Over the past 30 years, psychiatrists and psychologists have applied the scientific method in order to determine what makes people happy. Trying to scientifically understand the Pursuit of Happiness has resulted in numerous, widely accepted theories. For example, it's a virtual certainty that people with strong relationships, good friends, a loving family, and solid career associations are happier. Similarly it's well documented that people with a passion for what they do - at work or play - tend to be happier. Moreover, when an activity that someone is passionate about also serves some larger purpose like advancing the state of understanding or helping one's community, the passion and purpose combine to supercharge contentedness. And taking the time to enjoy the simpler things in life can be as potent. People who appreciate what's good in their lives (a good friend, a good cup of coffee, a good Miami Heat win over the Celtics :) tend to be happier.
The same science that provides the path to happiness also points to common pitfalls. More money to buy stuff can't make you happy because you always adapt to the stuff. Even lottery winners do not generate much incremental happiness once they become accustomed to their new level of wealth. Though we would all like the opportunity to test and disprove this theory, that new Maserati you drive off the lot will definitely loose its luster in six months. Similarly, it's great that personal relationships make us happy but as anyone with a BlackBerry or email knows, it takes a conscious effort to actually stop typing and have a real conversation with a spouse, friend, kid, parent, or colleague. While the concept of doing what we are passionate about sounds right, sitting down and really deciding what we are passionate about can be daunting. This is especially the case when we want that passion to translate into putting food on the table. Ultimately, the science of happiness has proven that humans poorly predict what will lead to bliss. We make the mistake of thinking the next achievement, promotion, or financial windfall will "make us happy." But study after study confirms that because we adapt to the circumstances of our achievement, appreciating the journey creates more ongoing enjoyment.
But what does any of this have to do with online or digital advertising?
The good news for us members of the Internet/digital/online community is that, assuming we have a close friend or two (people we speak with, not just post messages to on Facebook), it's likely we have everything we need to fill the passion portion of the happiness equation. And that leaves us to appreciate the most rapidly evolving and growing innovation platform the world has ever seen.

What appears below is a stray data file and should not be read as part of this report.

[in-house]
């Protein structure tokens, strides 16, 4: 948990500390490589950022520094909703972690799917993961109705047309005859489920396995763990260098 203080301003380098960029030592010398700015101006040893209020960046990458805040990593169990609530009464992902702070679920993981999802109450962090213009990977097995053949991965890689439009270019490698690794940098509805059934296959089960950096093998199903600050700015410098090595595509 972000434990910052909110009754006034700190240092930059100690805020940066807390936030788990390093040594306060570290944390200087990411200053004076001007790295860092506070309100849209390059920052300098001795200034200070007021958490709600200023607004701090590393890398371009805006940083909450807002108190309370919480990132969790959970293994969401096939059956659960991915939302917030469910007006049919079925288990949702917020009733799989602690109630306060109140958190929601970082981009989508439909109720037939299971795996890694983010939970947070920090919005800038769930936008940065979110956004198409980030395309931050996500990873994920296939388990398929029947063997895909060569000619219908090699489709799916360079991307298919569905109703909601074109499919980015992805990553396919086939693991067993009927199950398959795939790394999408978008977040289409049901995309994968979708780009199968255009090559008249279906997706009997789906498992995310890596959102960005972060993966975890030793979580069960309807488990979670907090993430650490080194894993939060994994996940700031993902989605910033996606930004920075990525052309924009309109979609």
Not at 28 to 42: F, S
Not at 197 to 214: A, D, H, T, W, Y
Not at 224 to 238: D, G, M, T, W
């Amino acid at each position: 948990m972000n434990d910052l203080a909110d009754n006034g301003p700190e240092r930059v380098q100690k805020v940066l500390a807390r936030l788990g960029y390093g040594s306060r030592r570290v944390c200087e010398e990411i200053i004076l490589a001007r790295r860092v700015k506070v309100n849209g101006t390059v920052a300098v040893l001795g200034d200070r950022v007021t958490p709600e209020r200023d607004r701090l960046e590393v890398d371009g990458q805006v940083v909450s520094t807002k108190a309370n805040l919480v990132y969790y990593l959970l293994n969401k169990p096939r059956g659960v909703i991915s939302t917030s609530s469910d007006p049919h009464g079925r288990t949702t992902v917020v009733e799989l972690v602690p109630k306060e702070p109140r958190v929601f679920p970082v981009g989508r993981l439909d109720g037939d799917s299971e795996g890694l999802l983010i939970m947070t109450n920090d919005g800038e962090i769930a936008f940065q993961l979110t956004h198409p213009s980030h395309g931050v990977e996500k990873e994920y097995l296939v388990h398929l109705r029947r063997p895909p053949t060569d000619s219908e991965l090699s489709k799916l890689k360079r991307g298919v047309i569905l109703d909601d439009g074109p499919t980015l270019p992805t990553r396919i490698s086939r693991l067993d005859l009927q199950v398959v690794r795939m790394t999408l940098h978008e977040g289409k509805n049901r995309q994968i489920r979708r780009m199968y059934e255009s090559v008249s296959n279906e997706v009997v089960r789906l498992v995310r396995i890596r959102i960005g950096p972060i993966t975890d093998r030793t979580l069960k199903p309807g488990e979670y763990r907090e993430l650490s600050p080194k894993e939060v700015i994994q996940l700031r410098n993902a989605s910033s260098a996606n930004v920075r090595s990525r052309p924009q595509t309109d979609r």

Since its emergence in the early 1990s, the Internet has provided a geyser of invention. The world has created more content between 2003 and today than ever before and it's all online. Google has indexed the information enabling you to find whatever you want in 30 milliseconds. Groupon is providing discounts for all of it, and Facebook is making it easy to share finds with friends, even the ones we don't actually talk to. Gilt lets us buy great designer goods at deep discounts. One can finish Tony Hsieh's "Delivering Happiness" on a Kindle and have Tina Fey's "Bossypants" digitally delivered before completing an order for new shoes on Zappos. And eBay lets us have an ongoing garage sale for the stuff we accumulate but don't need. With Twitter, we can follow many conversations at once and get news like the demise of Osama before the "Grey Lady" wakes up in the morning. Mapquest and Droid make it possible for guys to not ask directions but still not get lost. Skype lets a dad virtually say good night to his kids even if he is thousands of miles away. This digital deluge has provided unprecedented dynamic, personalizable, trackable, and effective tools worthwhile not only for communication but advertising, as well. And better still, in the immortal words of The Carpenter's "we've only just begun."
So if you are looking for a pursuable passion, a journey that will pave the way to ongoing creation, a vocation that can pay the bills, fill the soul, and connect you to a global network of inventors, artists, technologists and entrepreneurs, then put down your BlackBerry or iPhone, let go of the mouse, take a moment to breath in the wonders of the digital community and climb onboard the rocket ride of reinvention the Internet promises in the coming decades. The science says it will likely make you happy.
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Jonathan was CEO at MediaWhiz until July 2011. He was responsible for guiding strategy and operational execution, including overseeing the integration of the company's suite of marketing services, leading the development of new and unique capabilities, and ensuring the organization delivered better results for its performance marketing clients.
Before joining MediaWhiz, Jonathan was president of Lillian Vernon Corp., where he was responsible for the management of the company and its subsidiaries. Lillian Vernon was sold to a group of investors in July 2006.
Previously, Jonathan was the chief strategy officer of DoubleClick, where he was in charge of setting strategy and overseeing M&A. He began his tenure at DoubleClick as vice president responsible for the company's Internet Advertising Network before being appointed senior vice president of the company's Abacus online division, where he created DoubleClick's data strategy and oversaw development of new online targeting products and services.
Additionally, Jonathan was the executive responsible for developing United Media's original Web businesses (The Dilbert Zone, Snoopy.com, and Comics.com), and was a senior consultant with McKinsey & Co.
June 5, 2013
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June 20, 2013
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